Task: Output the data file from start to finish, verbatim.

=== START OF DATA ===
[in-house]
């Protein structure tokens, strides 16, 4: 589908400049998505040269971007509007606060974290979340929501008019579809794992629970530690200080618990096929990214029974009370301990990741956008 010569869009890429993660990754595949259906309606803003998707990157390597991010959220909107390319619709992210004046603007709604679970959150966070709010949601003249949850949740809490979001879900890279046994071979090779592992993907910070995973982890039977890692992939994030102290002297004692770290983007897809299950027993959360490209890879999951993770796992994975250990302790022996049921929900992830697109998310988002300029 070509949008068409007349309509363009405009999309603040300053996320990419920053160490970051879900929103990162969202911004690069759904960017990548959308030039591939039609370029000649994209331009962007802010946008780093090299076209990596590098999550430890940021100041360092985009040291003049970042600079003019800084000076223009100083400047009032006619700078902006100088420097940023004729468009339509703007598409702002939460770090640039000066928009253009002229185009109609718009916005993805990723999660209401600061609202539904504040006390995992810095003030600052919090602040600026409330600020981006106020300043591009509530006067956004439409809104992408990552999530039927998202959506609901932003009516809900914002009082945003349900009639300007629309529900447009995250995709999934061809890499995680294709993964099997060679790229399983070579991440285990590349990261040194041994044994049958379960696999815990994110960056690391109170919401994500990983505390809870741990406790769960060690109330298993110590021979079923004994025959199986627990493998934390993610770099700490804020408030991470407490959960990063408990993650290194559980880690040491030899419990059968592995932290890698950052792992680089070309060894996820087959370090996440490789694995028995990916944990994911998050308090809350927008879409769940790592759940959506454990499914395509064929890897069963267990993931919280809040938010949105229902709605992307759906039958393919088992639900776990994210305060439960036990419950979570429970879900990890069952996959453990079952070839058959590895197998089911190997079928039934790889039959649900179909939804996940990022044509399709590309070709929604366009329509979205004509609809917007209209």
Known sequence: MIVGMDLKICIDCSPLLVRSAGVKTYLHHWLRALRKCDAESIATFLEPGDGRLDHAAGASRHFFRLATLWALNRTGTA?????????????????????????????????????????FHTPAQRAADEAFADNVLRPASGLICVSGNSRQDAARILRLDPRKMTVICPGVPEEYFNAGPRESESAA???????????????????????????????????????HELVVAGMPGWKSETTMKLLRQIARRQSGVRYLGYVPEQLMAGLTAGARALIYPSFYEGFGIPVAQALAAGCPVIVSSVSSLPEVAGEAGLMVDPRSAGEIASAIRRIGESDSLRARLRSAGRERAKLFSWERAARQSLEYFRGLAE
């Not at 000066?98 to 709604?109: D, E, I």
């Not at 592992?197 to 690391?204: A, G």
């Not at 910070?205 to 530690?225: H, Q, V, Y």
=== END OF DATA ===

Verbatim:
[in-house]
């Protein structure tokens, strides 16, 4: 589908400049998505040269971007509007606060974290979340929501008019579809794992629970530690200080618990096929990214029974009370301990990741956008 010569869009890429993660990754595949259906309606803003998707990157390597991010959220909107390319619709992210004046603007709604679970959150966070709010949601003249949850949740809490979001879900890279046994071979090779592992993907910070995973982890039977890692992939994030102290002297004692770290983007897809299950027993959360490209890879999951993770796992994975250990302790022996049921929900992830697109998310988002300029 070509949008068409007349309509363009405009999309603040300053996320990419920053160490970051879900929103990162969202911004690069759904960017990548959308030039591939039609370029000649994209331009962007802010946008780093090299076209990596590098999550430890940021100041360092985009040291003049970042600079003019800084000076223009100083400047009032006619700078902006100088420097940023004729468009339509703007598409702002939460770090640039000066928009253009002229185009109609718009916005993805990723999660209401600061609202539904504040006390995992810095003030600052919090602040600026409330600020981006106020300043591009509530006067956004439409809104992408990552999530039927998202959506609901932003009516809900914002009082945003349900009639300007629309529900447009995250995709999934061809890499995680294709993964099997060679790229399983070579991440285990590349990261040194041994044994049958379960696999815990994110960056690391109170919401994500990983505390809870741990406790769960060690109330298993110590021979079923004994025959199986627990493998934390993610770099700490804020408030991470407490959960990063408990993650290194559980880690040491030899419990059968592995932290890698950052792992680089070309060894996820087959370090996440490789694995028995990916944990994911998050308090809350927008879409769940790592759940959506454990499914395509064929890897069963267990993931919280809040938010949105229902709605992307759906039958393919088992639900776990994210305060439960036990419950979570429970879900990890069952996959453990079952070839058959590895197998089911190997079928039934790889039959649900179909939804996940990022044509399709590309070709929604366009329509979205004509609809917007209209």
Known sequence: MIVGMDLKICIDCSPLLVRSAGVKTYLHHWLRALRKCDAESIATFLEPGDGRLDHAAGASRHFFRLATLWALNRTGTA?????????????????????????????????????????FHTPAQRAADEAFADNVLRPASGLICVSGNSRQDAARILRLDPRKMTVICPGVPEEYFNAGPRESESAA???????????????????????????????????????HELVVAGMPGWKSETTMKLLRQIARRQSGVRYLGYVPEQLMAGLTAGARALIYPSFYEGFGIPVAQALAAGCPVIVSSVSSLPEVAGEAGLMVDPRSAGEIASAIRRIGESDSLRARLRSAGRERAKLFSWERAARQSLEYFRGLAE
């Not at 000066?98 to 709604?109: D, E, I």
């Not at 592992?197 to 690391?204: A, G």
């Not at 910070?205 to 530690?225: H, Q, V, Y």